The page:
Chapter 5. Graph Hierarchies

Table of Contents

Working with Graph Hierarchies
Folding Characteristics
Folding-related State Across Views
Managing Graph Hierarchies
Grouping Support in DefaultGraph
Class GroupedGraph
Look-up Modifications
Interface IHierarchy
Class FoldingManager
Look-up Modifications
Interface IFoldedGraph
Converters and Callbacks
Visual Representation of Graph Elements
View Implementations
User Interaction
Class GraphEditorInputMode
Folding Support
Class NavigationInputMode
Class GraphCommands

This chapter describes the yFiles for Silverlight Viewer library component's support for the concept of graph hierarchies. Graph hierarchies, which are also referred to as grouped graphs, can be used to naturally organize large data sets or inherently hierarchically structured data.


A graph hierarchy is an augmentation to the graph concept where proper graph structures are allowed to be grouped within nodes to arbitrary depth, forming a hierarchically organized inclusion tree of graph structures.


The yFiles for Silverlight Viewer library component supports graph hierarchies by means of "grouping," which means that arbitrary graph structures, i.e., nodes together with their connecting edges, can be "put into" other nodes. The nodes that are embedded this way are then called "grouped" nodes, and the containing node is referred to as a "group node."

The visual representation of a group node and its grouped nodes is such that the group node by default always entirely encloses all its grouped nodes. Also, the grouped nodes contained in a group node are visible within the graph containing the group node itself. As a result of the former, when a group node is moved, all its grouped nodes move correspondingly. Vice versa, when a grouped node is moved, the bounds of all its enclosing group nodes automatically adjust.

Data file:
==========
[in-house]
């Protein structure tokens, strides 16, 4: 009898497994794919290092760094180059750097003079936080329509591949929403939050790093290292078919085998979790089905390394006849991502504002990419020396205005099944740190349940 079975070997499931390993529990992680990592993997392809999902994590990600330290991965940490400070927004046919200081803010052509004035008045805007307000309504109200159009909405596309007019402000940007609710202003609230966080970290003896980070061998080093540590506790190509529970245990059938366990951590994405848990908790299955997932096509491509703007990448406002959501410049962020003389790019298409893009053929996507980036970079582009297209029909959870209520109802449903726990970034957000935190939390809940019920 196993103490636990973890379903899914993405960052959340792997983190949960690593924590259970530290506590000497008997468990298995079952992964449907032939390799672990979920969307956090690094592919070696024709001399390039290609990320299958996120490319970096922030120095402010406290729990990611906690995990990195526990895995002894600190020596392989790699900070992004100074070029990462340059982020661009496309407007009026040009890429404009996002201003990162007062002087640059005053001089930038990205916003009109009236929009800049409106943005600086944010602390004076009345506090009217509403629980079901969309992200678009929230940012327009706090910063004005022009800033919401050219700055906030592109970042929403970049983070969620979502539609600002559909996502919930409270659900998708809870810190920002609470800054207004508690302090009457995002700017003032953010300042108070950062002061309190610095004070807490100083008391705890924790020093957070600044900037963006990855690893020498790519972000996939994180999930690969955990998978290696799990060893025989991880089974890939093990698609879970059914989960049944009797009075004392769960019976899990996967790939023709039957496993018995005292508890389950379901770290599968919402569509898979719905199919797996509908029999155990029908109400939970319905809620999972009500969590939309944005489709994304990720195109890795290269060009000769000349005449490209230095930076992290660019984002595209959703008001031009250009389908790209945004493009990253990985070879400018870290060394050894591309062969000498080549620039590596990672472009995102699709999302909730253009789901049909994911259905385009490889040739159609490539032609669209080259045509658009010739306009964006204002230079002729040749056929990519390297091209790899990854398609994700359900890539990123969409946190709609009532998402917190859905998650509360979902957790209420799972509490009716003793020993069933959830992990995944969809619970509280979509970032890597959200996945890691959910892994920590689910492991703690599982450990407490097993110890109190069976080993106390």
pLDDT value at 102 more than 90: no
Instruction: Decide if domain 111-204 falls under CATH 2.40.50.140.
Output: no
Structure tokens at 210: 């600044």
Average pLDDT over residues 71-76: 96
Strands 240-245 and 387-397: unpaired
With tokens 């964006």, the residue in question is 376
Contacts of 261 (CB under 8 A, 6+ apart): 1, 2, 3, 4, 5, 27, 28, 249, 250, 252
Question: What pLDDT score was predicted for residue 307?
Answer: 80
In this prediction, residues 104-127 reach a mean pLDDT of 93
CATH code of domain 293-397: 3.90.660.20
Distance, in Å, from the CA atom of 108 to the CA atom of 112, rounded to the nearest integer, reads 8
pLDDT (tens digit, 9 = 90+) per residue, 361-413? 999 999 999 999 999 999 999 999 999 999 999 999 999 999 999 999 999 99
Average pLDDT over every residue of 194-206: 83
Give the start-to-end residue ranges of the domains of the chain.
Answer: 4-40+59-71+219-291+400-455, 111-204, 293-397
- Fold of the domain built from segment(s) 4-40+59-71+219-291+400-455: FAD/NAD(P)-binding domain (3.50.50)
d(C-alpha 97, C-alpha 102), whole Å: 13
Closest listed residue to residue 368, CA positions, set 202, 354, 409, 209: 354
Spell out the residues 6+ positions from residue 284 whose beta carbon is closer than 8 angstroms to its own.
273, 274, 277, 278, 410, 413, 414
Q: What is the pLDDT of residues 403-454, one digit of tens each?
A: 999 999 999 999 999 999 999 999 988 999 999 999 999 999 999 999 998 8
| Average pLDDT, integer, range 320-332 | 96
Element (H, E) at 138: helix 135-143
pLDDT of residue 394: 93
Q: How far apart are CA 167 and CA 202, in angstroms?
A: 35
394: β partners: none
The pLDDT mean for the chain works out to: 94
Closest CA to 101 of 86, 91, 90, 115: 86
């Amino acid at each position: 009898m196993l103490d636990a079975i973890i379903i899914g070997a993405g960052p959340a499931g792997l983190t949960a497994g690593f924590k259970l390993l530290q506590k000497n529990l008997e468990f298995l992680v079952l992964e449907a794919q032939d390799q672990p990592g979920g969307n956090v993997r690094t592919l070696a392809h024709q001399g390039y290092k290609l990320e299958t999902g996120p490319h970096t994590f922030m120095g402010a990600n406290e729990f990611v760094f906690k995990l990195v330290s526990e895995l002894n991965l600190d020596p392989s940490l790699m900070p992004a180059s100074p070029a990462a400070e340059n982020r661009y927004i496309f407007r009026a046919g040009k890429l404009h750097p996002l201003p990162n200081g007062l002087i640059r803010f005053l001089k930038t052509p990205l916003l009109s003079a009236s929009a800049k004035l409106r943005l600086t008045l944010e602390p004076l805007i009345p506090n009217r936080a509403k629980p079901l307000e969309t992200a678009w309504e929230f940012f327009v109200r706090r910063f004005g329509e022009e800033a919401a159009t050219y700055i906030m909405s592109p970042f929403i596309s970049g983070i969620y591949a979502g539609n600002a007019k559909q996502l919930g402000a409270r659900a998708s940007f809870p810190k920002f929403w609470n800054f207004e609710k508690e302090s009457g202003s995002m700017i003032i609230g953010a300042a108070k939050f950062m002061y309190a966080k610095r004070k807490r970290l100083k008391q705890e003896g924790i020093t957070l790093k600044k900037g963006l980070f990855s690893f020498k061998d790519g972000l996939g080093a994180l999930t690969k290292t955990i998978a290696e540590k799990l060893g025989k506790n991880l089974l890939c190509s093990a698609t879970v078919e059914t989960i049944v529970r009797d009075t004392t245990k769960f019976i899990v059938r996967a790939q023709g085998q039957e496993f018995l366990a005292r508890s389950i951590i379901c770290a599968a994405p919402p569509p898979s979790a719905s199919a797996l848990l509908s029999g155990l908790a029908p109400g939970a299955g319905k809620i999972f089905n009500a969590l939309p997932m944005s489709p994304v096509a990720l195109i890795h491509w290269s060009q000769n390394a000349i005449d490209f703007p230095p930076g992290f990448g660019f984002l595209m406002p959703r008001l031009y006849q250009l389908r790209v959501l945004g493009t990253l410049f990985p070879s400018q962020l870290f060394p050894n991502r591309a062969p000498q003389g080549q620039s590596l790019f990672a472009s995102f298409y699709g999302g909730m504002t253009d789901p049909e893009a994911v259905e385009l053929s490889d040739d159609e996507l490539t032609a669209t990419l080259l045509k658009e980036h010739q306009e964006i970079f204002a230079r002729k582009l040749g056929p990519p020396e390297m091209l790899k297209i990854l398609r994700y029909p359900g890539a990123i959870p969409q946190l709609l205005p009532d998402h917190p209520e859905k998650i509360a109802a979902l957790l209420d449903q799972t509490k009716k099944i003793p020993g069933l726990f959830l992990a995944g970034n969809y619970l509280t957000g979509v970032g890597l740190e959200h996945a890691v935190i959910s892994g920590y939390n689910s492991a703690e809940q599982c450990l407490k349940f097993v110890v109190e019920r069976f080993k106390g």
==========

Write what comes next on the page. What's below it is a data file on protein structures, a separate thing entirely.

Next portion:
Figure 5.1, “Grouping in a graph” shows a graph with group nodes. The contents of the group nodes can be seen both in the canvas and also listed in the tree-like view on the left side of the application's window. Note that besides the ability to contain proper graph structures, group nodes still behave as nodes in the normal sense. In particular, this means that they can be connected by edges like any other node.

Figure 5.1. Grouping in a graph

Grouping in a graph.

From a conceptual point of view, grouped nodes that are contained in a group node can be thought of as being hierarchically one level below the graph where the group node resides in. This notion is also expressed by calling the group node the "parent" of its contained nodes. Technically, however, the grouped nodes belong to the same graph as their group node.


"Folding" is an extension of the grouping concept which provides additional functionality on top of it. Basically, folding provides support for collapsing group nodes and for the reverse operation, expanding previously collapsed group nodes. Collapsing a group node means hiding away all of its contents, expanding a previously collapsed group node results in the contents being visible again.

Figure 5.2, “Folding in a graph” shows the same graph as above, however with one group node collapsed. As a result, there are less nodes and edges in the canvas, since the graph structure contained within the original group node disappeared. Also, the edge that connected "March" to "April" is redirected and now connects the collapsed group node to "April."

Figure 5.2. Folding in a graph

Folding in a graph.

Note how the tree-like view to the left reflects the new graph structure and label text.

In tutorial demo application GraphEditorWindow both grouping and folding can be observed in an application context.